I had been familiar with “Exodus Wars” for several years thanks to my involvement with the 6mm fraternity. Steel Crown Productions (SCP) makes a great range of 6mm (and now 28mm) minis, and has developed a great sci-fi lore around its IP that is a fantastic parallel for the American War of Independence. It’s meatier than most sci-fi wargaming IPs in that the background for the unending warfare is both reasoned and believable, which makes the universe that much more compelling than the average fare.

I reached out to Tom, the owner of SCP, about what we were doing with our game, and asked if he’d be interested in seeing his Exodus Wars IP on computer screens. It turned out he was very much interested in such a proposition, and a couple of months later we had an agreement in place and a project title in “Exodus  Wars: Fractured Empire” (EW:FE).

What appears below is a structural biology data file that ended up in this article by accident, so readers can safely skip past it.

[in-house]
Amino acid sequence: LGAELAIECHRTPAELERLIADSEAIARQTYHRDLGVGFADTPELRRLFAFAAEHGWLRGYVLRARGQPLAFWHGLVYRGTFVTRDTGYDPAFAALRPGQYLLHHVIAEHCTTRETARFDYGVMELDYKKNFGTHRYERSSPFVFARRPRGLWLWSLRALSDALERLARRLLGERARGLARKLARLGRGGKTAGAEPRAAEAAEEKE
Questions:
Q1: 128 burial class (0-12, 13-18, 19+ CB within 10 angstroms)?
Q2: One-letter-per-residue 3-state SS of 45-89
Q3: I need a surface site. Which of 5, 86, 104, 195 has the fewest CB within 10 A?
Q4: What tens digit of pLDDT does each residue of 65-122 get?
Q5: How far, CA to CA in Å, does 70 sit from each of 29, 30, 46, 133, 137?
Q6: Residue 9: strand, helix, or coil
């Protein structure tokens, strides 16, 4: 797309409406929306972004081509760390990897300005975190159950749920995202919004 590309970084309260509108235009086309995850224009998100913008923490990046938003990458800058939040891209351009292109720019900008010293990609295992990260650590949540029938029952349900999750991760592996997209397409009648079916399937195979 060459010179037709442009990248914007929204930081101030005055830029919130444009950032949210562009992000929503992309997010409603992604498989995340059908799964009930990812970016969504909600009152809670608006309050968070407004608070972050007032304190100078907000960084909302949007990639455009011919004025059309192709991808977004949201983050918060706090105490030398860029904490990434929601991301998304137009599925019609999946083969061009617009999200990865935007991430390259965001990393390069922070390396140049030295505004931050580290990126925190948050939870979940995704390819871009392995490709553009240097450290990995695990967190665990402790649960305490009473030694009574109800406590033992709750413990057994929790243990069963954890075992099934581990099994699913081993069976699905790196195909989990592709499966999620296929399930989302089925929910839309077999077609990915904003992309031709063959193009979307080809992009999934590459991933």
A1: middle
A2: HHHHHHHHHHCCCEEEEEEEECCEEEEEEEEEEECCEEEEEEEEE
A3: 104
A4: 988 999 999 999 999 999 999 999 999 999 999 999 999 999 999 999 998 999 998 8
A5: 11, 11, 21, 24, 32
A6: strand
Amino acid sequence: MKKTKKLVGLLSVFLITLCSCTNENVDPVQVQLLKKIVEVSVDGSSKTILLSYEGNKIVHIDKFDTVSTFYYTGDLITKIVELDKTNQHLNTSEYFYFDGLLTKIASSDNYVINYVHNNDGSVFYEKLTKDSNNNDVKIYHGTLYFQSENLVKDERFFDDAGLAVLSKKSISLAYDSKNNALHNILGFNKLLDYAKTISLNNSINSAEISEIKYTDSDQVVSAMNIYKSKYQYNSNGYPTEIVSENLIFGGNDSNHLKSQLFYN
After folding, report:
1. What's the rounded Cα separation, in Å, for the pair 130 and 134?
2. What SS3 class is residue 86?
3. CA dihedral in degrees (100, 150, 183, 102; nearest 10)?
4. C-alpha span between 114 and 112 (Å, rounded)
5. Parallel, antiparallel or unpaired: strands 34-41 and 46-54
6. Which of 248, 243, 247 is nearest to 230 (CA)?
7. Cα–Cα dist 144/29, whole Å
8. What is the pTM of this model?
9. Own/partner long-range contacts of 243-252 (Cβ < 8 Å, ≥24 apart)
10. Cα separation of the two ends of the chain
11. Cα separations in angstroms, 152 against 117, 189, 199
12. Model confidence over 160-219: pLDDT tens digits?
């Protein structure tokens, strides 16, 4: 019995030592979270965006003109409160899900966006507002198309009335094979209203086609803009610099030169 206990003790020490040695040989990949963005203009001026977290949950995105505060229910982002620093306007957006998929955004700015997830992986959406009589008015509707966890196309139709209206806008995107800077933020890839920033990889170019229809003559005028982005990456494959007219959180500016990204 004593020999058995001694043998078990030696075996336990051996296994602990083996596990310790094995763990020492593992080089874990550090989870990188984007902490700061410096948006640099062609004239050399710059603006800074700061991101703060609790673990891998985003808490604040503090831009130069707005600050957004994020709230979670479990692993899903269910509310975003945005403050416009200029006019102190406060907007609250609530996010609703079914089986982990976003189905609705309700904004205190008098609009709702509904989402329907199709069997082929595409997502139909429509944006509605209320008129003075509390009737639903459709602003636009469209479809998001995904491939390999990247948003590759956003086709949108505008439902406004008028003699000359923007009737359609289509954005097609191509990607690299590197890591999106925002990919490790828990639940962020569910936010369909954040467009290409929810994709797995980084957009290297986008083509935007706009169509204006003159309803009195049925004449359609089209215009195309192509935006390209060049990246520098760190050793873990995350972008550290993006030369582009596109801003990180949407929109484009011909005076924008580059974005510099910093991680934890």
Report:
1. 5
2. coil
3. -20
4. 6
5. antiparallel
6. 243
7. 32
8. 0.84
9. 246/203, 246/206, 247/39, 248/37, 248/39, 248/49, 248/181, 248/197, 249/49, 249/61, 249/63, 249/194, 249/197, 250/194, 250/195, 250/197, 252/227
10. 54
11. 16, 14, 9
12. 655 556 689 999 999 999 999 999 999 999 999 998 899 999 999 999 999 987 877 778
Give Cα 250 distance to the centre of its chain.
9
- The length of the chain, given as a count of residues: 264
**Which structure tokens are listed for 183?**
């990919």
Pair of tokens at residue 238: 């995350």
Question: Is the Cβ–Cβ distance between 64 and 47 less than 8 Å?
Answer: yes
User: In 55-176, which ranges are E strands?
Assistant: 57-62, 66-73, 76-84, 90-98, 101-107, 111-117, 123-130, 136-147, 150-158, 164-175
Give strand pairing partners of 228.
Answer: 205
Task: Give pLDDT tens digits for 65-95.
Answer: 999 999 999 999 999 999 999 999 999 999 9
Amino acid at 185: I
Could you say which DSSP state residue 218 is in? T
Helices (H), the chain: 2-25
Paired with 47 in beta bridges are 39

EW:FE and the crowd

By this stage, we were several months into development of game, but it was becoming clear that we would struggle to complete development based on the current trajectory. We started looking for ways to shore-up our revenue streams, namely by increasing our business-IT consulting work, but it was clear that doing so would directly impact the number of hours Josh and Glenn could put into making EW:FE—an intolerable situation.

Fortunately, crowd funding had recently come into its own, and we had the great idea of launching a crowd funding campaign aimed at engaging the wargaming community and getting them on-side. This is what we have spent the past week or so doing—communicating with wargamers about what we’re doing and why, and asking for their support. Ultimately, we thought, if that community doesn’t respond positively, what’s the point?

We were gratified, then, when the community rallied and our campaign managed to bring in more than $1,000 in the first few days.

Overwatching the column 

Indiegogo vs. Kickstarter

I’ll briefly mention one of our biggest bug-bears, which was the decision around which crowd funding platform we should use.